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Club News


28 December 2018

Paul Hazlewood

Imagine marrying into the family of an Albion legend; having the Zamoras or the Wards or the Nelsons as your in-laws or listening to tales of Tommy Cook or Bobby Smith over the dinner table.

One man who would understand that feeling is Dave Prentice, Everton fan and Head of Sport at the Liverpool Echo.

He married into Goodison Park royalty when he tied the knot with the granddaughter of Dixie Dean, the club’s first and most famous number nine. Dean, for the few who may not know, scored 383 goals for the Toffees in only 433 appearances between 1925 and 1937, hitting 60 in the 1927-28 title-winning season alone.

Dave insists that there was more to his wedding to Melanie than taking fandom to an extreme. “I can assure you that wasn’t the entire reason!” he says.

“I’d known her for quite a long time beforehand. You go to Everton supporters’ dinners and Echo Sports Personality dinners and she was always invited along because we presented a Dixie Dean memorial trophy every year. That was how I got to know her, partly to do with the job.”

Everton, who visit the Amex on Saturday, is a club that has always valued such occasions, keeping in close touch with former players but also working hard in the local community. Dave Moyes’ description of it as “The People’s Club” was accurate.

“Bill Kenwright [the chairman] always refers to it as ‘The Everton family’ and some people think that’s just him being a little bit of a luvvie but it is genuine,” Dave says. “The club tries very hard to involve supporters in so many things.

“I wrote last week about Everton in the Community, which was launched 30-odd years ago as just a couple of guys in a Portakabin at the back of the Park End stand. Now it’s a multi-million-pound charity that helps thousands of people every year, with all manner of projects on the go. They are very proud of that.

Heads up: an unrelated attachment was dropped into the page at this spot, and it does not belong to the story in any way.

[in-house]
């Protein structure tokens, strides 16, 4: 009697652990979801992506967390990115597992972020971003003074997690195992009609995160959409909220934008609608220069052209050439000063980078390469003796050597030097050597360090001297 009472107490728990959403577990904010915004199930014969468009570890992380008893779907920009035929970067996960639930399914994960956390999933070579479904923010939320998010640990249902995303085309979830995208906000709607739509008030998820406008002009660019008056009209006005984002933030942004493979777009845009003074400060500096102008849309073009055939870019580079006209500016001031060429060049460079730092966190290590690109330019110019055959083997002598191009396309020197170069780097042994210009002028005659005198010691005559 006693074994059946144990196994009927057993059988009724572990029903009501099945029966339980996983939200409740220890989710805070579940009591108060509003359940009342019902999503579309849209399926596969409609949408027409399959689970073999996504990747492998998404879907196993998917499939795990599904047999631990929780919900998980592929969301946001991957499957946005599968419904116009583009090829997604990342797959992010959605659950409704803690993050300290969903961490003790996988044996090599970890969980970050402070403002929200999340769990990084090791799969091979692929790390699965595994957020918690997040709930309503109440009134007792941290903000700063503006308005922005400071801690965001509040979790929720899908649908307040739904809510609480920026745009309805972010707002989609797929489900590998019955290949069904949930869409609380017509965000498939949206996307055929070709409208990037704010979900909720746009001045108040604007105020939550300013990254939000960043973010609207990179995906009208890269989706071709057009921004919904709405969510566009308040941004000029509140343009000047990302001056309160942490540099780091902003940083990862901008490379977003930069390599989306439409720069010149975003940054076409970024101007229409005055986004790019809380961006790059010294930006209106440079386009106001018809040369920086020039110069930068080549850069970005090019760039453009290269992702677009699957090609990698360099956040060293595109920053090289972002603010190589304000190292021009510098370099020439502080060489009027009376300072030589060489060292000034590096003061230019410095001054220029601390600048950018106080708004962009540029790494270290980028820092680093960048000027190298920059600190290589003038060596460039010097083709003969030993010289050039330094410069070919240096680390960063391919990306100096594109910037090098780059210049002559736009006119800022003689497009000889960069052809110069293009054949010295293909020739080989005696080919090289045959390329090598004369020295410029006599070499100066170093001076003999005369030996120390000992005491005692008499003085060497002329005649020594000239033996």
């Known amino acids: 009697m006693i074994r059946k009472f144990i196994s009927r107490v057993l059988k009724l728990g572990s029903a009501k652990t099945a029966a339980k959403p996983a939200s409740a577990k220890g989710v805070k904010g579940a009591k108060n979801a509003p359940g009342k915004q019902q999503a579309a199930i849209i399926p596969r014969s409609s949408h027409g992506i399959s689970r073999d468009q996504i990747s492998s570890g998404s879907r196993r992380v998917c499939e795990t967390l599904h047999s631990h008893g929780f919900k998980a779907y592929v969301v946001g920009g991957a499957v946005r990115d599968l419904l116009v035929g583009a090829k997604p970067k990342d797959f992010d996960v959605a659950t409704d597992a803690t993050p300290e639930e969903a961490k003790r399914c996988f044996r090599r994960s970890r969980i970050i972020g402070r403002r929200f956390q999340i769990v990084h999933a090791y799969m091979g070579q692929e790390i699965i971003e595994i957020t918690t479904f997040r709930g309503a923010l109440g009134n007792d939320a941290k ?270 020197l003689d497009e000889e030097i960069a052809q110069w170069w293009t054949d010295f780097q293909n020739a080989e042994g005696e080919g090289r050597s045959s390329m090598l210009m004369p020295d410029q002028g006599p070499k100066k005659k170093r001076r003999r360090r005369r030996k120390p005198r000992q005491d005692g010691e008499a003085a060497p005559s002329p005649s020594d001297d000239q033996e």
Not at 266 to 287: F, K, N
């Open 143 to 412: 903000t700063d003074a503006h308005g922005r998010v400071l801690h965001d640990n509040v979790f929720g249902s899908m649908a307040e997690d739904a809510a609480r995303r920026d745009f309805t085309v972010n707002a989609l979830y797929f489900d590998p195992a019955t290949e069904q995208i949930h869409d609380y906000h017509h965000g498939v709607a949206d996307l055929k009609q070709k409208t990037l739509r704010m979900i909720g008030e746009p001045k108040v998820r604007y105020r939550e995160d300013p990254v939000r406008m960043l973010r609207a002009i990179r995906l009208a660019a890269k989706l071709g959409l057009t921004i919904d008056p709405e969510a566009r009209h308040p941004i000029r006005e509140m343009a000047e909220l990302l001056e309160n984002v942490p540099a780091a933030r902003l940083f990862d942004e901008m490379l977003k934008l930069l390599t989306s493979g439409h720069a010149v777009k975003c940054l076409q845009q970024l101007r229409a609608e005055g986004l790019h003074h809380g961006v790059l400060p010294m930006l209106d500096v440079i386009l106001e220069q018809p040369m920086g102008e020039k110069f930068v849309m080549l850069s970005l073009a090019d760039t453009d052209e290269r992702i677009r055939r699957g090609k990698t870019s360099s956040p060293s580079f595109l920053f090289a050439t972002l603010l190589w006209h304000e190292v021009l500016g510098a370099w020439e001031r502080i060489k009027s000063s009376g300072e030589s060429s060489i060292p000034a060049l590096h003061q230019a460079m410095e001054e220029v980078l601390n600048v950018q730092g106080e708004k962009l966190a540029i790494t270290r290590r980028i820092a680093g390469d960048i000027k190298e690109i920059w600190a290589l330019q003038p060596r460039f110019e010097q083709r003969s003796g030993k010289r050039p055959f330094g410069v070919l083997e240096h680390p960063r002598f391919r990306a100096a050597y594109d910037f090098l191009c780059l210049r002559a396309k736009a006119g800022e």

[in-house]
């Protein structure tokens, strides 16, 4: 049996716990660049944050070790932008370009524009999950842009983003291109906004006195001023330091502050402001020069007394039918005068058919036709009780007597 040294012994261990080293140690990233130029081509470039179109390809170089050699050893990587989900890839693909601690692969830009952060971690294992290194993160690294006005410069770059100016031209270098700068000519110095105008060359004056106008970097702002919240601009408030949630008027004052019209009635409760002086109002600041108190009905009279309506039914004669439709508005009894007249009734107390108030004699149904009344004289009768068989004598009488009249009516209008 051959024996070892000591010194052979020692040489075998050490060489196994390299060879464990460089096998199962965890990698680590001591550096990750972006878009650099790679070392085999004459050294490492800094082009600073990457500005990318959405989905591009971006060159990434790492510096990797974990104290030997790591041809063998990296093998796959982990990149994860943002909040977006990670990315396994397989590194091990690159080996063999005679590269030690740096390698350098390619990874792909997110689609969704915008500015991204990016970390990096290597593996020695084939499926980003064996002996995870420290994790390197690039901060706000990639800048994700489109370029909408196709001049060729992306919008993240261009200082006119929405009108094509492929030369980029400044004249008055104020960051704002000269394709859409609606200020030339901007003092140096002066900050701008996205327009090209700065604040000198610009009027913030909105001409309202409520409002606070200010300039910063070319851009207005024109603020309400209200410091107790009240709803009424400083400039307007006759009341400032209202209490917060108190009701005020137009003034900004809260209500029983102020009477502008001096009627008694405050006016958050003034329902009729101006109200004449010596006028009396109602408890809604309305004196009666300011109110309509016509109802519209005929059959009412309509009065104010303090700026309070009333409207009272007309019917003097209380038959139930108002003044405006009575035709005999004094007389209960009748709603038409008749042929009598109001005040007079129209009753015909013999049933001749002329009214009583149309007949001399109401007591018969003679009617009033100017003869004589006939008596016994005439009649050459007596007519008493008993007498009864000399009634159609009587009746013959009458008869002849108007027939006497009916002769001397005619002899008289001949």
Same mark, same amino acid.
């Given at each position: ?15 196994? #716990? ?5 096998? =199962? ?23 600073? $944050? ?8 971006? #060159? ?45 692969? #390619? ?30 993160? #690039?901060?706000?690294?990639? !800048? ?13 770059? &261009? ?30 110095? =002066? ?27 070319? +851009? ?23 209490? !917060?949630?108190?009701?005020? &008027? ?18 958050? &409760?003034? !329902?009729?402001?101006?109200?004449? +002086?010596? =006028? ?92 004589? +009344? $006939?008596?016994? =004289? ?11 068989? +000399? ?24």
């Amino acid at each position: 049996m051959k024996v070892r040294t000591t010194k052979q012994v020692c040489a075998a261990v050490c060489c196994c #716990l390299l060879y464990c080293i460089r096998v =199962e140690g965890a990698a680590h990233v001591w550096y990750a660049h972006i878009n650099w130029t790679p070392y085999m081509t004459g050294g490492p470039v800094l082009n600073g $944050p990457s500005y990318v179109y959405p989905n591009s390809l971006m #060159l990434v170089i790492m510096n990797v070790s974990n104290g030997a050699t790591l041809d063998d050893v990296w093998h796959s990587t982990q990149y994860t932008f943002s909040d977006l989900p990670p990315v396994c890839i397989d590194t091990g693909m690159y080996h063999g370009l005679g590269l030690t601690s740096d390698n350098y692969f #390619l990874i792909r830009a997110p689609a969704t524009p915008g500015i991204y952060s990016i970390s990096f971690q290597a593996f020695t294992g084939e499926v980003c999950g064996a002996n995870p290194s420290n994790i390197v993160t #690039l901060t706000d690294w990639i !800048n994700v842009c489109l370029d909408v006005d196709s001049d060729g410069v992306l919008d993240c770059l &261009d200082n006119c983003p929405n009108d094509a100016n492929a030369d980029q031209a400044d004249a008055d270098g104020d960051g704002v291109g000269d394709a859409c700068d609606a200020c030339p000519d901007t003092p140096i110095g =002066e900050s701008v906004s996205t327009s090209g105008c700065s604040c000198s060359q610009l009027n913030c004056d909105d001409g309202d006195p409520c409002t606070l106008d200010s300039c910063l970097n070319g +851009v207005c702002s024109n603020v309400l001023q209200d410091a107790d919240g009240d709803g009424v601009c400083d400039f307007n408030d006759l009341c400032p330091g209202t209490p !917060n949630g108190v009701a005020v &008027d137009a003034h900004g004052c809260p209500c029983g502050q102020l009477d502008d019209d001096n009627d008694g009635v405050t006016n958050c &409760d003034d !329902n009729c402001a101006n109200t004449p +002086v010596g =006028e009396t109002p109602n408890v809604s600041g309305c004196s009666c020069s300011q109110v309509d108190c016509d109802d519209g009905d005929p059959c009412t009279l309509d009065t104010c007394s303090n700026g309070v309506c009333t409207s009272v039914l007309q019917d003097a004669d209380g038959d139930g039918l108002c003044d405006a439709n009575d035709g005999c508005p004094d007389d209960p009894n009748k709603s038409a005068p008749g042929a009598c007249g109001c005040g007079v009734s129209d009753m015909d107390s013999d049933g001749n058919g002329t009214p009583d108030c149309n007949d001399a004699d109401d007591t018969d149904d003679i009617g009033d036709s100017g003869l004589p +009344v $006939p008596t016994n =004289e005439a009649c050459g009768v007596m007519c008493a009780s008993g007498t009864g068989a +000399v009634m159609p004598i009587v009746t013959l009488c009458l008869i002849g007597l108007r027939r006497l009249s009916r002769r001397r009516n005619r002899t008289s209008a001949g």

“Liverpool are a phenomenon, an international football club, but Everton are proud of their local roots and try to accentuate that almost as a part of the rivalry with Liverpool.”

That rivalry is well-known to divide families, but Dave’s father was one of a minority on Merseyside with little interest in football and so he found his own way to membership of the blue half. An uncle gave him some Everton programmes and he was hooked. “Easter Monday 1975 was my first game and from that moment I was a home and away fan,” he says.

His all-time favourite player is “big, bad, bustling striker Bob Latchford. They say never meet your heroes, but I have, many, many times and I still love the guy!” And his best memory is of the 1984 FA Cup final victory over Watford – “my third Wembley visit and the first goal I saw scored there. A physical shiver went down my spine. A wonderful day.”

He began his writing career covering local non-league games, working his way up via the Daily Post before a spell on the Echo’s Tranmere Rovers beat. “Later the Everton man stepped up to be sports editor and the role was available,” he says.

“Becoming the Everton correspondent at the Echo was a labour of love. I did my dream job for the best part of ten years and never missed a single game, home, away or abroad, between 1993 and 2002. Eventually I was made chief sports writer and had to write about Liverpool then. But it had its advantages – I think I was the most laid-back man at the Champions League final in Istanbul in 2005 when everyone else was going mental!”